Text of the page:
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What Mad Pursuit: A Personal View of Scientific Discovery (Sloan Foundation Science) (Englisch) Taschenbuch – 10. Juli 1990

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Candid, provocative, and disarming, this is the widely-praised memoir of the co-discoverer of the double helix of DNA..

Über den Autor und weitere Mitwirkende

Francis Crick is the Kieckhefer Professor at the Salk Institute in La Jolla, California. He shared a Nobel Prize with James Watson and Maurice Wilkins in 1962 for the discovery of the structure of DNA, regarded as the greatest biological advance of the twentieth century.

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Amazon.com: HASH(0x902c2a74) von 5 Sternen 15 Rezensionen
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HASH(0x9079f09c) von 5 Sternen Insights from a great scientist 17. August 2002
Von Alex De Visscher - Veröffentlicht auf Amazon.com
Format: Taschenbuch
At first, I was reluctant about reading this book. What on earth could Francis Crick add to the story of the discovery of the double helix, that had not yet been told by his colleague, James Watson, in his famous book "The Double Helix"? A lot, as it turns out. In fact, the two books rarely overlap. Whereas Watson's book mainly relates his experiences as they worked their way towards discovery, Crick does what he does best: making comments. Also, Crick's book doesn't stop at the discovery of the double helix structure of DNA, as Watson's book does, but continues with the cracking of the genetic code.
Crick's book was written twenty years after Watson's book, and it shows. Watson's book contains a fresh story, the raw material out of which history is shaped. Crick's tale is a digested one: written after all the confusion of the moment had cleared up.
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HASH(0x9079f060) von 5 Sternen An Account of the Discovery of DNA's Structure and MORE!!!! 9. August 2005
Von STEPHEN PLETKO - Veröffentlicht auf Amazon.com
Format: Taschenbuch

THIS book, by Dr. Francis Crick (June 1916 to July 2004), is partly an autobiography and partly a science book. As for the science part, Crick elaborates:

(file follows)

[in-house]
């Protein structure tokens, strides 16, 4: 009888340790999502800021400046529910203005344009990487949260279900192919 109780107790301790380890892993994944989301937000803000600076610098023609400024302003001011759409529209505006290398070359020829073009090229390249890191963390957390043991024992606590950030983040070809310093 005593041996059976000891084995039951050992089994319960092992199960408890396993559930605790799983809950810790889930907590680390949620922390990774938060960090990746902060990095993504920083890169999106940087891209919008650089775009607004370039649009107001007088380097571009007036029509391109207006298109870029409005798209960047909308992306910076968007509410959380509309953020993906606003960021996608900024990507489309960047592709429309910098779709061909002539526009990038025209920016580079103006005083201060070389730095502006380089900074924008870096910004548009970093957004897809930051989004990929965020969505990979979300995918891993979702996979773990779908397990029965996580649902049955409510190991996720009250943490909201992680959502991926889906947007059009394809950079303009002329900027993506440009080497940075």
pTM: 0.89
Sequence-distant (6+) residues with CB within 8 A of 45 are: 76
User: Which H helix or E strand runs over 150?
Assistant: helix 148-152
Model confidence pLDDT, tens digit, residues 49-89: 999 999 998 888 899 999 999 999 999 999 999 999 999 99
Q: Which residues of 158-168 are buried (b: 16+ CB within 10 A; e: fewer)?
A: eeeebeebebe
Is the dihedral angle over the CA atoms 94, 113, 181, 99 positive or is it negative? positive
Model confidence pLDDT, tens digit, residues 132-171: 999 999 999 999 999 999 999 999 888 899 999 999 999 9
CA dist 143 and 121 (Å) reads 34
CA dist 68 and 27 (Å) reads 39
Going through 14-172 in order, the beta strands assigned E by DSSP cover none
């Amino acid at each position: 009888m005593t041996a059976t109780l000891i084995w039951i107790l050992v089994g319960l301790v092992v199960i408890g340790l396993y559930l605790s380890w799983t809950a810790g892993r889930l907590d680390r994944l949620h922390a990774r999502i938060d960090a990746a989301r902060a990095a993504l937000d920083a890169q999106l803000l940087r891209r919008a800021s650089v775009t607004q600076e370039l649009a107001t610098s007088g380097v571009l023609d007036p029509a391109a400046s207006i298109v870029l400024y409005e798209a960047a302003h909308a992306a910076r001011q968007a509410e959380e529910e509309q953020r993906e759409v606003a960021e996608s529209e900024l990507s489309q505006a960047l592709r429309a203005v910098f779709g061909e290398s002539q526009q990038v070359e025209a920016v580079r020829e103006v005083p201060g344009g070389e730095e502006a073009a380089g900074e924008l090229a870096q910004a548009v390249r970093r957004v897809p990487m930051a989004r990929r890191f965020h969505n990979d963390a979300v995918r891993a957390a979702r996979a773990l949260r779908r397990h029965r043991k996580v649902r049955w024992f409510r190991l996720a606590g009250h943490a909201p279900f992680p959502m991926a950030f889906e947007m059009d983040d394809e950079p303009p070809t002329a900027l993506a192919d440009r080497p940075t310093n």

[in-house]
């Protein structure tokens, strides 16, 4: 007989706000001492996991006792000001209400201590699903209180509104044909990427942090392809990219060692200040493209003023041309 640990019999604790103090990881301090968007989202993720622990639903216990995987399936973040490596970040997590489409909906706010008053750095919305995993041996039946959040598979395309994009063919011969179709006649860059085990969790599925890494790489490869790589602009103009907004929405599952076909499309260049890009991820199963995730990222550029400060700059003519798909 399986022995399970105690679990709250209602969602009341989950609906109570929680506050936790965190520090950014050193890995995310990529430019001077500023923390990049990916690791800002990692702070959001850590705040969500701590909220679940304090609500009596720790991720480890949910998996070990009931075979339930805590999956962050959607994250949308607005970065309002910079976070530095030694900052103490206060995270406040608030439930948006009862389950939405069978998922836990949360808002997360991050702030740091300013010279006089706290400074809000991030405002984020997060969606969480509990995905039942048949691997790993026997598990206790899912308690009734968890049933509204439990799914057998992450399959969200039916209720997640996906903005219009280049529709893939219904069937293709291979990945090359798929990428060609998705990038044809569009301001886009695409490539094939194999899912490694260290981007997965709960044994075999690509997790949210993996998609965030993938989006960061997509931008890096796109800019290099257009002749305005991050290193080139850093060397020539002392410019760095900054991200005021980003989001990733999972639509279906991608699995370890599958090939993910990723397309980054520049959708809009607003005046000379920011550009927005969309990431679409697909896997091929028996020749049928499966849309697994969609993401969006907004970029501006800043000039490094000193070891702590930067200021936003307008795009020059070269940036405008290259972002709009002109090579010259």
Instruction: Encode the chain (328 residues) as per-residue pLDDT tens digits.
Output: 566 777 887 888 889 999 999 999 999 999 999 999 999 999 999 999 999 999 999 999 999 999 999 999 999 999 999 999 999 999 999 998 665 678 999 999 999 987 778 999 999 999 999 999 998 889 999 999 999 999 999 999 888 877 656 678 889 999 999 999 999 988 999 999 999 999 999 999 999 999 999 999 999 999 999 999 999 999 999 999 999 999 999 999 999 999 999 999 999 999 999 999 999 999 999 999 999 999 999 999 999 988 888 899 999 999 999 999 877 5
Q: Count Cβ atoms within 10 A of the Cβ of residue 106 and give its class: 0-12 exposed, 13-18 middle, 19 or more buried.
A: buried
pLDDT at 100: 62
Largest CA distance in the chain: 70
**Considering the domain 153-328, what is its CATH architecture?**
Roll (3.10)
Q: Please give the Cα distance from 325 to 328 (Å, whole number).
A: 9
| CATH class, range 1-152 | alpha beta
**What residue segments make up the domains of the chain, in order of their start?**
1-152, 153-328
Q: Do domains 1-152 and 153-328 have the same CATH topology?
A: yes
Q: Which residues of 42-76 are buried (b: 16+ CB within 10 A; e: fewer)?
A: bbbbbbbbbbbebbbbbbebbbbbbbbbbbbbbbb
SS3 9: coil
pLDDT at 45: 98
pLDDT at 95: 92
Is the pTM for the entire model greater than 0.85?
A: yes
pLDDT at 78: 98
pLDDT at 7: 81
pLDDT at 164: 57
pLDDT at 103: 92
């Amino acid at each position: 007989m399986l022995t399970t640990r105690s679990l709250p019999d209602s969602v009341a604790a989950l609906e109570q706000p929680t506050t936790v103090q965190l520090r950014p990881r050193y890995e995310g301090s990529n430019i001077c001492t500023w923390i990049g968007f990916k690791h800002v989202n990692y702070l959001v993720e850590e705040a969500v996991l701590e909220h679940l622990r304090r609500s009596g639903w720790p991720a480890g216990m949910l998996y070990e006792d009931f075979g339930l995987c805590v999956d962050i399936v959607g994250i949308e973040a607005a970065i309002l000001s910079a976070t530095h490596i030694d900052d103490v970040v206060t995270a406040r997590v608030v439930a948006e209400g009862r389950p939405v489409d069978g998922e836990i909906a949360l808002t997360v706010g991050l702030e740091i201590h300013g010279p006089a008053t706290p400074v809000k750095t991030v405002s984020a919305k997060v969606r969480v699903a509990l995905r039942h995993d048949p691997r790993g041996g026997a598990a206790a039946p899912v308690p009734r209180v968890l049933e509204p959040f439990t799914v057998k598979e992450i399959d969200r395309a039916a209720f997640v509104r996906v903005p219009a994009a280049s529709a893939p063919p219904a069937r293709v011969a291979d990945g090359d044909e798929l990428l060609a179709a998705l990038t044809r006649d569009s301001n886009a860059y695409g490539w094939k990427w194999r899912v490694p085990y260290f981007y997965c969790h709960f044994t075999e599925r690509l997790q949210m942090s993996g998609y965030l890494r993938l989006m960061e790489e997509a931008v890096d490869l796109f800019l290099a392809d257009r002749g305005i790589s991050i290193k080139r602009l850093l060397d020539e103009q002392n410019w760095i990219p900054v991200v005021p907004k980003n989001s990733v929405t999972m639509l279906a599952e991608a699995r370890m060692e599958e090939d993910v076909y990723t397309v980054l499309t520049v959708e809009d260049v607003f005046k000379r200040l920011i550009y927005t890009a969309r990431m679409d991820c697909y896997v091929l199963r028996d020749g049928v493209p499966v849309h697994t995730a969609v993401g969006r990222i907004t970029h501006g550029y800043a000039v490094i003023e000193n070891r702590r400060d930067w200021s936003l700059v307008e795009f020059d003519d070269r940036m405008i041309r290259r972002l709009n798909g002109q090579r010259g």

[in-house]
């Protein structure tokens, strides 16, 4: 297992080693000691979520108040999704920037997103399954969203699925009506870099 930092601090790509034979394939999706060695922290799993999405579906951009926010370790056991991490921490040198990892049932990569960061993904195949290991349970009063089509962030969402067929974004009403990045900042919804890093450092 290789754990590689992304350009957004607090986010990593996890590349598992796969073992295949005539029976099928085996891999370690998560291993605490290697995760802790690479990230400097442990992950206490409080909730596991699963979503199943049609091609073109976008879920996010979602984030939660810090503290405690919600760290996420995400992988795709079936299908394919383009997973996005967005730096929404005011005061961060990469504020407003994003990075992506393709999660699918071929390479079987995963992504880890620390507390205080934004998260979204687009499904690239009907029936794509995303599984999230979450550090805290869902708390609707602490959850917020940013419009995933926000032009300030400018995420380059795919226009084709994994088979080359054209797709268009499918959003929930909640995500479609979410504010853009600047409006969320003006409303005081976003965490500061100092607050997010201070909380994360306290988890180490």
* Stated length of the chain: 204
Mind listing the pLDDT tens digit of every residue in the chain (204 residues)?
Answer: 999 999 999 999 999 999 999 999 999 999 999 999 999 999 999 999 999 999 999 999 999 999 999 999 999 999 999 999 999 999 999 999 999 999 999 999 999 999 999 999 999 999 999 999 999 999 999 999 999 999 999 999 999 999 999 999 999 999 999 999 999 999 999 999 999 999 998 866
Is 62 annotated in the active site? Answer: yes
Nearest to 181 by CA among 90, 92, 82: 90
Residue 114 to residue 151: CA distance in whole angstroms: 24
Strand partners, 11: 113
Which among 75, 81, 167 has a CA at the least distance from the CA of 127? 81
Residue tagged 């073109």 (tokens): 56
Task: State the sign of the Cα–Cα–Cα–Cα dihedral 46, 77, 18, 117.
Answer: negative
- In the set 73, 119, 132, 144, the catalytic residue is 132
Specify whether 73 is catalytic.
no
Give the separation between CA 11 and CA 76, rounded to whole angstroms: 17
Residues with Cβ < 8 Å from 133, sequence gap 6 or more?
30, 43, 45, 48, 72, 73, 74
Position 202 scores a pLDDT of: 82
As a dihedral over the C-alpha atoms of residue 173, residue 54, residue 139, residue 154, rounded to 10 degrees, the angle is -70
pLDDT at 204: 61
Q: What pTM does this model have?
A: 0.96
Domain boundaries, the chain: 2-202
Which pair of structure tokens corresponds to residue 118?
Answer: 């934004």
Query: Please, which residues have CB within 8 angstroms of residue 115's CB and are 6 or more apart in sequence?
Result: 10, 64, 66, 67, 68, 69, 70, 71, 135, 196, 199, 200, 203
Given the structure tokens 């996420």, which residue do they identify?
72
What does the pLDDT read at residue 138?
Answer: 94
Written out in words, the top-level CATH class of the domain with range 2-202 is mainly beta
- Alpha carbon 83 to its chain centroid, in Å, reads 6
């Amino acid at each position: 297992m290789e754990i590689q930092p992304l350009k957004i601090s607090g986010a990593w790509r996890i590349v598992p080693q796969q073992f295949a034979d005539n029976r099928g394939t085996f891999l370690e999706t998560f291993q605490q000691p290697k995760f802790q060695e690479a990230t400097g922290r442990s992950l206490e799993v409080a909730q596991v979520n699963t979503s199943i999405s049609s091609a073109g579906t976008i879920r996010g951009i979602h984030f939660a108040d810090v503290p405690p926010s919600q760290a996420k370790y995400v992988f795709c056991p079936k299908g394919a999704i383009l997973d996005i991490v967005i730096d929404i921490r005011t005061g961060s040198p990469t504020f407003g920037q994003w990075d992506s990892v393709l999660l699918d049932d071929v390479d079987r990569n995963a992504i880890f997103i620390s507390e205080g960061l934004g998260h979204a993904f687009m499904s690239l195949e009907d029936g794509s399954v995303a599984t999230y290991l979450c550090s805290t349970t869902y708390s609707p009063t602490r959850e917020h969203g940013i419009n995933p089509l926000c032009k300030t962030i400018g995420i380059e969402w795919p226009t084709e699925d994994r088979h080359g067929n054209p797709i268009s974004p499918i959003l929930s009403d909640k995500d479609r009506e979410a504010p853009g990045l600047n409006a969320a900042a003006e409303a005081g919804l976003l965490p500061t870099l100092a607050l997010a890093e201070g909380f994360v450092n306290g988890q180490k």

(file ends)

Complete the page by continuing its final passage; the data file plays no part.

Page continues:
"I have written [this book] both for my fellow scientists and for the general public [and] believe a [non-scientist] can easily understand most of what I discuss...My advice to the reader, should he or she become stuck in...a [difficult, scientific] passage, is either to persevere or to skip to the next chapter. Most of the book is fairly easy. Don't give up hope just because a few paragraphs seem a little hard to follow."

What, then, is the purpose of this book? Crick tells the reader:

"The main purpose of this book is to set out some of my experiences before and during the classical period of molecular biology, which stretched from the discovery of the DNA double helix in 1953 till about 1966 when the genetic code...was finally elucidated."

(Molecular biology is a branch of biology that studies the chemical and physical principles associated with the composition, properties, and activities of molecules in living cells. The genetic code is the dictionary relating the nucleic acid {such as DNA and RNA} language to the protein language.)

Crick achieves his purpose admirably! He gives us an overview of his main, personal experiences and reveals his thoughts at each period in his life. I especially enjoyed his chapter entitled "The Gossip Test" and his memories about the "RNA Tie Club."

I found the science part especially well done. He explains the science that led up to the discovery of DNA's structure but goes beyond this, explaining such things as the different types of RNA, protein structure, the genetic code, and theory in molecular biology. Everything is well explained and there are many helpful diagrams.

Be aware that Crick decided not to give character sketches of his friends and colleagues especially James Watson (born: 1928), Maurice Wilkins (1916 to 2004), Rosalind Franklin (1920 to 1958) and Linus Pauling (1901 to 1994). In other words, he chose not to include "juicy" gossip in his book. I found this refreshing since I found that in reading other books similar to this one that such character sketches can be distracting to the main essence of the book.

This book does not conclude in the year 1966 since Crick includes a final, long epilogue chapter entitled "My Later Years." This chapter is especially interesting as we are told how he moved on to the field of embryology or developmental biology to become involved generally in human brain science and more specifically in human consciousness. I found his theory of "panspermia" (that "is the idea that microorganisms drifted to the Earth through space and seeded all life on Earth") most interesting.